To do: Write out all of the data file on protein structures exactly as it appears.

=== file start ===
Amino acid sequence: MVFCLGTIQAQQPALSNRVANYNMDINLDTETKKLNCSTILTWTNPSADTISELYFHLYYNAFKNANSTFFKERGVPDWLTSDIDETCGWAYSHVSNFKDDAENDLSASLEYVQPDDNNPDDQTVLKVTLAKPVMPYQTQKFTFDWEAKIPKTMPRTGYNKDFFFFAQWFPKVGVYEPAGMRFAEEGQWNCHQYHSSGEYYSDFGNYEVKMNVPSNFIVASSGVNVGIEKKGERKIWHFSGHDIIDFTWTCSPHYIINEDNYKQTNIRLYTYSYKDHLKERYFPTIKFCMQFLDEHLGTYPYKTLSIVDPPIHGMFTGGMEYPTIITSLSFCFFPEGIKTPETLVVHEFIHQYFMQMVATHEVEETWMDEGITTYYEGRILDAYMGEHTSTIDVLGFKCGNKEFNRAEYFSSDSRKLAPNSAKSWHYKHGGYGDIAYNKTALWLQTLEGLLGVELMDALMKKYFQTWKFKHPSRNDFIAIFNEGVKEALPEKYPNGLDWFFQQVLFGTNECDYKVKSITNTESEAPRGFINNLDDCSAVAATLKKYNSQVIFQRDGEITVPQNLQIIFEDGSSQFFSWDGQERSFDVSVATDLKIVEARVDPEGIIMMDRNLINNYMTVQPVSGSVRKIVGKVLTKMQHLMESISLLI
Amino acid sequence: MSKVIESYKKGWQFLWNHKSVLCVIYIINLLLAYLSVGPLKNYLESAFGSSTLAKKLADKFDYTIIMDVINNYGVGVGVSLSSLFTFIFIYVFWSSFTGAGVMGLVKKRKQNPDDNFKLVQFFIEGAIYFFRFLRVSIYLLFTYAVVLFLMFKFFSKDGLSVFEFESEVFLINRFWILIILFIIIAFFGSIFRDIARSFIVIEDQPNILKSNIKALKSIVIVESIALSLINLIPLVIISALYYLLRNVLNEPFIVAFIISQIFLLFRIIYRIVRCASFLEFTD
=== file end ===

Amino acid sequence: MVFCLGTIQAQQPALSNRVANYNMDINLDTETKKLNCSTILTWTNPSADTISELYFHLYYNAFKNANSTFFKERGVPDWLTSDIDETCGWAYSHVSNFKDDAENDLSASLEYVQPDDNNPDDQTVLKVTLAKPVMPYQTQKFTFDWEAKIPKTMPRTGYNKDFFFFAQWFPKVGVYEPAGMRFAEEGQWNCHQYHSSGEYYSDFGNYEVKMNVPSNFIVASSGVNVGIEKKGERKIWHFSGHDIIDFTWTCSPHYIINEDNYKQTNIRLYTYSYKDHLKERYFPTIKFCMQFLDEHLGTYPYKTLSIVDPPIHGMFTGGMEYPTIITSLSFCFFPEGIKTPETLVVHEFIHQYFMQMVATHEVEETWMDEGITTYYEGRILDAYMGEHTSTIDVLGFKCGNKEFNRAEYFSSDSRKLAPNSAKSWHYKHGGYGDIAYNKTALWLQTLEGLLGVELMDALMKKYFQTWKFKHPSRNDFIAIFNEGVKEALPEKYPNGLDWFFQQVLFGTNECDYKVKSITNTESEAPRGFINNLDDCSAVAATLKKYNSQVIFQRDGEITVPQNLQIIFEDGSSQFFSWDGQERSFDVSVATDLKIVEARVDPEGIIMMDRNLINNYMTVQPVSGSVRKIVGKVLTKMQHLMESISLLI
Amino acid sequence: MSKVIESYKKGWQFLWNHKSVLCVIYIINLLLAYLSVGPLKNYLESAFGSSTLAKKLADKFDYTIIMDVINNYGVGVGVSLSSLFTFIFIYVFWSSFTGAGVMGLVKKRKQNPDDNFKLVQFFIEGAIYFFRFLRVSIYLLFTYAVVLFLMFKFFSKDGLSVFEFESEVFLINRFWILIILFIIIAFFGSIFRDIARSFIVIEDQPNILKSNIKALKSIVIVESIALSLINLIPLVIISALYYLLRNVLNEPFIVAFIISQIFLLFRIIYRIVRCASFLEFTD